Locals protest in Burns Lake after B.C. officials turn away specialized firefighting gear
B.C. Wildfire Service says gear isn't appropriate for fires near village
Protesters gathered in Burns Lake, B.C. Saturday after firefighters were told their gear wasn't appropriate to fight fires burning south of the village.
The firefighters, working for a Fort St. John-based company, drove west to Burns Lake earlier this week, offering sprinklers, pumps and hoses to fight fires on the village's south side.
But after testing the gear, the B.C. Wildfire Service said the high-capacity water delivery system wouldn't be appropriate to fight the fires and won't be used.
Locals reacted angrily, saying that equipment could have been used to help fight fires threatening the area.
"It feels like our property and our land doesn't mean anything. There's resources here that haven't been deployed. It's a waste of time and money," said protest organizer Ginger Moyah.
"Everyone's really hurt."
The locals gathered by the trucks on Saturday morning to protest, but have moved their demonstration outside the local wildfire centre.
Councillor Charles Rensby said the group wants officials to reconsider their decision.
"What we're trying to do is put pressure on B.C. wildfire to re-look at some of the options ... to try and get a plan together to stop wildfires from destroying everyone's homes and livelihoods," he said.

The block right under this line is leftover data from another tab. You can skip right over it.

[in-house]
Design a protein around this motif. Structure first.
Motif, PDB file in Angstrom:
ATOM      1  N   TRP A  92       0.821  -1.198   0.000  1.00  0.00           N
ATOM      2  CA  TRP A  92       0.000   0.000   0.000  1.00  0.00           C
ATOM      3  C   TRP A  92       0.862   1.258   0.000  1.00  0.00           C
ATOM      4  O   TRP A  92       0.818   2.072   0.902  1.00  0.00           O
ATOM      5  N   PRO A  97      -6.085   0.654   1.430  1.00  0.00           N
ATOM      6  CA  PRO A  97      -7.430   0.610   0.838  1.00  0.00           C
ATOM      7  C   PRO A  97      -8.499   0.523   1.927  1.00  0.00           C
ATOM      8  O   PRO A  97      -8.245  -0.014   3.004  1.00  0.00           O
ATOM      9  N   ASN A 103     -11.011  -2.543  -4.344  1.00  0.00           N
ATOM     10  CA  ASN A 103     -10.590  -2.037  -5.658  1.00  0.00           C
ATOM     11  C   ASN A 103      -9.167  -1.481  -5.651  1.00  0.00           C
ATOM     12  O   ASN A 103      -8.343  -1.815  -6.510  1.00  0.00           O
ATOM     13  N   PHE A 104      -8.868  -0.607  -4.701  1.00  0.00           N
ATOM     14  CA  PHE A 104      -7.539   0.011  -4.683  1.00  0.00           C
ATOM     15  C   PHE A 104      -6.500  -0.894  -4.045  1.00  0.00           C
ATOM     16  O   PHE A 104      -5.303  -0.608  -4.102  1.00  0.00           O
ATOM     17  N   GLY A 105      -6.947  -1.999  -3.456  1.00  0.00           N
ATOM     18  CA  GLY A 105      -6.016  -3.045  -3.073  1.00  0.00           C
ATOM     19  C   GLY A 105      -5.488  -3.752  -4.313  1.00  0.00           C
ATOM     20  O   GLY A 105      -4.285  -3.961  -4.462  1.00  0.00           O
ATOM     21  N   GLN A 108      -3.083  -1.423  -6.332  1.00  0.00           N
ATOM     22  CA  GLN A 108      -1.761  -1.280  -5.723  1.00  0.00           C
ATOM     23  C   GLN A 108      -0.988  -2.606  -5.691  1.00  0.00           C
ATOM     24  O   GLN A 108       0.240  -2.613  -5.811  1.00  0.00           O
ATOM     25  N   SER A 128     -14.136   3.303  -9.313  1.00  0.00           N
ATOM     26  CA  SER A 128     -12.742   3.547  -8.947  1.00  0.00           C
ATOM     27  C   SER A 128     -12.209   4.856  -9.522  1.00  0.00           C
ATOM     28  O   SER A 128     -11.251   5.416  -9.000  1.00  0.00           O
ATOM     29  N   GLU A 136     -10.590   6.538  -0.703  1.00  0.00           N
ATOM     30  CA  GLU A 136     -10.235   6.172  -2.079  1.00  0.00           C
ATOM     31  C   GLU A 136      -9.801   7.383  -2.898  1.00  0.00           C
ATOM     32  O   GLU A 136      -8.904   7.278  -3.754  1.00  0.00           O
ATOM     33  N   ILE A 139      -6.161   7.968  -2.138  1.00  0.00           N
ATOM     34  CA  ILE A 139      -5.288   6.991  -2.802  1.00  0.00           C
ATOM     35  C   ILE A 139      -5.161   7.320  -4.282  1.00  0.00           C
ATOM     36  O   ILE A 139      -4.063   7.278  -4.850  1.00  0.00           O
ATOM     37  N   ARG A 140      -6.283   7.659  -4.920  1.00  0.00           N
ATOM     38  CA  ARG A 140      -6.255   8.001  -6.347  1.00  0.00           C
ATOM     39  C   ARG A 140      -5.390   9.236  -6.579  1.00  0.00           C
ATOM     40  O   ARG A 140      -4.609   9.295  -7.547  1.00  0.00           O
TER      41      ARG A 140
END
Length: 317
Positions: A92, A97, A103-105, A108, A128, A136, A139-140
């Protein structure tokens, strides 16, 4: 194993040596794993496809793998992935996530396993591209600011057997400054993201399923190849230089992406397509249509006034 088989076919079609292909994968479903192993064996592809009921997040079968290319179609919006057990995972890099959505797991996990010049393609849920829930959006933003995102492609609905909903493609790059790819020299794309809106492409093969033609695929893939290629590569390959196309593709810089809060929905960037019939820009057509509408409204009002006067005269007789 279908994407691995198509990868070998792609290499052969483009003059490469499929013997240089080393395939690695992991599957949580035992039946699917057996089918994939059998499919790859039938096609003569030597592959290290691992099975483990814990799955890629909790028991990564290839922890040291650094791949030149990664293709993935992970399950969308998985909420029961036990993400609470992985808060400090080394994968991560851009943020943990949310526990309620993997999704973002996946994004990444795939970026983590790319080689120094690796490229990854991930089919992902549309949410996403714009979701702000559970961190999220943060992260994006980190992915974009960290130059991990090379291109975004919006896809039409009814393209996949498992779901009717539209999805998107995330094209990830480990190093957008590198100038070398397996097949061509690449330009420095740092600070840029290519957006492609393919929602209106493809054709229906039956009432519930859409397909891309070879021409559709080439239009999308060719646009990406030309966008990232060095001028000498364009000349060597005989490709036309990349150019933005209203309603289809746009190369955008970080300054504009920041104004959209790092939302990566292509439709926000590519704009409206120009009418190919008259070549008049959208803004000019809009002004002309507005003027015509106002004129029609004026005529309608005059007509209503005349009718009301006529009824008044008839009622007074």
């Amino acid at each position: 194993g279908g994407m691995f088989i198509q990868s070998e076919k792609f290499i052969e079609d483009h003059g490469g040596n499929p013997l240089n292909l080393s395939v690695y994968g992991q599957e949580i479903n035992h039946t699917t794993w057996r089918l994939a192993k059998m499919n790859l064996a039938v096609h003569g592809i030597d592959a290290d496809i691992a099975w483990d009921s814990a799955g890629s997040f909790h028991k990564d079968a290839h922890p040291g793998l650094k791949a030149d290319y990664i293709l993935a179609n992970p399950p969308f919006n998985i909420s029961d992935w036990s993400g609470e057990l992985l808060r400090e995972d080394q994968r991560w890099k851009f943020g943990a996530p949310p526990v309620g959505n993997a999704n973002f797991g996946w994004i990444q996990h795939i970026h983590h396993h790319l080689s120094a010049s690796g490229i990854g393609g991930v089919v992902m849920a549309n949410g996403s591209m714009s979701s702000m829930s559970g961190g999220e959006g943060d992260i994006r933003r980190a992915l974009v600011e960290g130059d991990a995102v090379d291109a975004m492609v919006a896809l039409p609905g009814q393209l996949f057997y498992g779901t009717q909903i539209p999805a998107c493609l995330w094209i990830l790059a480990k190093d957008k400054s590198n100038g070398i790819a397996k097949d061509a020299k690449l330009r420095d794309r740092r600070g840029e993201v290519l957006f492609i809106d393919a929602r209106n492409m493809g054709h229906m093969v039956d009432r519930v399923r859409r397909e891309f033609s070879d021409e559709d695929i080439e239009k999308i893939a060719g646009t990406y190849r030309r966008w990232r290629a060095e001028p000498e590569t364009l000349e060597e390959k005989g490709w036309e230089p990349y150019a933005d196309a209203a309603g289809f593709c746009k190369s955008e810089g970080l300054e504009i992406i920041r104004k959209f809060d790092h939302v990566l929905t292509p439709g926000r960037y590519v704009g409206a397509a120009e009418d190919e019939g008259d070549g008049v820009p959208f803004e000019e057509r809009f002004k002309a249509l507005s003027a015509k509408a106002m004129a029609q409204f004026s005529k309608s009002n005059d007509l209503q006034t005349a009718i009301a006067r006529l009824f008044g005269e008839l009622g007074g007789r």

'Not an appropriate tool'
Winds have complicated the battle against the complex of fires southwest of Burns Lake, which includes the Nadina, Verdun and Cheslatta Lake wildfires.
The gear in question is a high-capacity water delivery system, meaning it can move large bodies of water around to reach fires.
A statement from the wildfire service said the gear needs "very large bodies" of water and flat terrain to work — neither of which was available.
"In areas of the fire where this tool would be most effective, the water sources were insufficient, the terrain was challenging and there was significant distance between structures," the service said in an emailed statement.
"The B.C. Wildfire Service is currently evaluating the use of alternate water delivery systems for utilization on the Babine Complex as well as for future use with wildfire suppression."
Moyah said she doesn't buy it.
"There's more than enough water sources over there [on the southside]," she said. "There's a million lakes over there."
- An earlier version of this story said the firefighters with special equipment were from Alberta. In fact, about half of the firefighters are from Alberta and the rest are from B.C.Aug 27, 2018 2:51 PM PT